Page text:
Review: Welcome Back Mr. President!
- The sequel to Welcome Mr. President! signals the return of Claudio Bisio as the improbable head of a government which mirrors the parliamentary set-up in Italy today
A somewhat naive man who lives in the mountains, who carries the imposing name Giuseppe Garibaldi and who becomes President of the Republic by mistake... This was the premise of Welcome Mr. President! [+see also:
film profile] by Riccardi Milani, a concept which worked well at the time and which, in 2013, earned the film starring Claudio Bisio three nominations at the Nastri d'Argento Awards, another at the European Film Awards and 8.5 million euros at the box office. Six years later, Bisio is stepping into Garibaldi’s shoes once again for the sequel, Welcome Back Mr. President [+see also:
film profile]!, directed by Giancarlo Fontana and Giuseppe G. Stasi, except this time he becomes the improbable head of a government led by two populist parties; a government which is the mirror image of Italy’s current political set-up.
Having returned, at the end of the first film, to the beloved snow-filled valleys of his home following six months of presidency, along with his wife, Janis (Sarah Felberbaum), who he met at the Quirinale, Giuseppe - known as Peppino - now has a beautiful little girl whom he has named Guevara (as in “Che”) and he divides his time between his two passions: fishing and gathering porcini mushrooms. Janis, however, is champing at the bit, itching to return to the world of politics (“I feel like I’m in a snow-globe”). She leaves her husband and returns to Rome to work for the new President (Antonio Petrocelli), taking her daughter with her. And so our innocent Peppino, who wants nothing more to do with politics, is forced to head back to the capital (though the film is actually shot in Turin) to win back the love of his woman. Upon his return, two young, free-lance journalists work to raise his profile once again, so much so that the two political leaders, having won their elections, single him out as a potential President of the Council of Ministers who could be easily manipulated. Whilst the first film explored the dictatorship of the polls, it is social networks which reign supreme in this instant movie of sorts: the two politicians in power, Teodoro Guerriero (Paolo Calabresi) of Precedenza Italia and Danilo Stella (Guglielmo Poggi) of the Movimento Candidi – who are the spitting image of the Interior Minister and the Vice-President currently in office in Italy – roll out the consensus machine via Twitter, FB and Instagram exclusively, as well as via any TV camera that’s rolling in the vicinity. The two young directors – who made an online name for themselves with Inception Berlusconi and whose debut film, Put Grandma in the Freezer [+see also:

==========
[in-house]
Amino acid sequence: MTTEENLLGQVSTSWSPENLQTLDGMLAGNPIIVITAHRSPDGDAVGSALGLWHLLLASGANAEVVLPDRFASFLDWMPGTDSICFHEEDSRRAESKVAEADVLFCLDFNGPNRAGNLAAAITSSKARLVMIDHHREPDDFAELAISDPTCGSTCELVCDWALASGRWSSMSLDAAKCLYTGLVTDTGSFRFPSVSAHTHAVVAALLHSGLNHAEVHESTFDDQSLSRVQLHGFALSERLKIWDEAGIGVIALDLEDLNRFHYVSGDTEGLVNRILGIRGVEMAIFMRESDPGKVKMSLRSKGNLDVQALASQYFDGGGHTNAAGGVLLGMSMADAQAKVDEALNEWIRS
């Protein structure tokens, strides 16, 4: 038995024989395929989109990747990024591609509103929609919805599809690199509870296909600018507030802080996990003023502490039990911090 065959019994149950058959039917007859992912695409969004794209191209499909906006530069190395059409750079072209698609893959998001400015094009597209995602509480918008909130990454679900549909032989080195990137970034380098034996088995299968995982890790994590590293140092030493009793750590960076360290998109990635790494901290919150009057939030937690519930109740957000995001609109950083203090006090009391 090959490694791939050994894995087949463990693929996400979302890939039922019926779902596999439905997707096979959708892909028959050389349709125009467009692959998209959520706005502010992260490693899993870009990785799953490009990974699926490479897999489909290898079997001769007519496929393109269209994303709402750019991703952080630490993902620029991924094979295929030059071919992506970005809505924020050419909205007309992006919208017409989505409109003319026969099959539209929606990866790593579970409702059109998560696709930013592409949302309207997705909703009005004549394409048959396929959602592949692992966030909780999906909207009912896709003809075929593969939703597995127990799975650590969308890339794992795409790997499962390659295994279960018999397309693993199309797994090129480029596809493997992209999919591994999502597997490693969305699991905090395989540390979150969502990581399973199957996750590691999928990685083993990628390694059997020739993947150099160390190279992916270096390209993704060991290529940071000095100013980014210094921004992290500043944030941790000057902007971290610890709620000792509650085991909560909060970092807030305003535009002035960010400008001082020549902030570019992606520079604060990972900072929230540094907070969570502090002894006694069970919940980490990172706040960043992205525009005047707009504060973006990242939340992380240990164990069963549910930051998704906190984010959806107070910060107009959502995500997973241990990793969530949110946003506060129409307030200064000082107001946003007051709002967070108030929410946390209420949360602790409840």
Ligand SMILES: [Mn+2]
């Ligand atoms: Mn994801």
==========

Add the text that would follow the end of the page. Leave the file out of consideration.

film profile], hit the big screen in 2018 – and script-writer Fabio Bonifacci – who co-wrote the story alongside producer Nicola Giuliano – also cast a satirical eye over the left-wing opposition party, whose members continually bicker amongst themselves and argue over anything.
With the help of an ambiguous political strategist (Pietro Sermonti), Peppino Garibaldi moves to counterattack in his own way, passing a law which obliges all Italian to pay taxes in order to find the financial resources required to get the country up and running. This doesn’t go down too well with the people and the end of the film, which could be seen to deliver a little moral lesson, is bolstered by a penultimate scene which is fun and not at all obvious. The filmmakers rightly describe their work as a light-hearted portrait of Italian politics and of voter mediocrity; a film against the reciprocal hate which is contaminating the country and which is constantly regurgitated by traditional and social media.
Welcome Back Mr. President! is produced by Indigo Film and Vision Distribution, in collaboration with Sky Cinema and Tim Vision, with the support of the Piemonte Film TV Fund and the Film Commission Torino Piemonte. 500 copies of the film will be released in Italian cinemas on 28 March courtesy of Vision.
(Translated from Italian)
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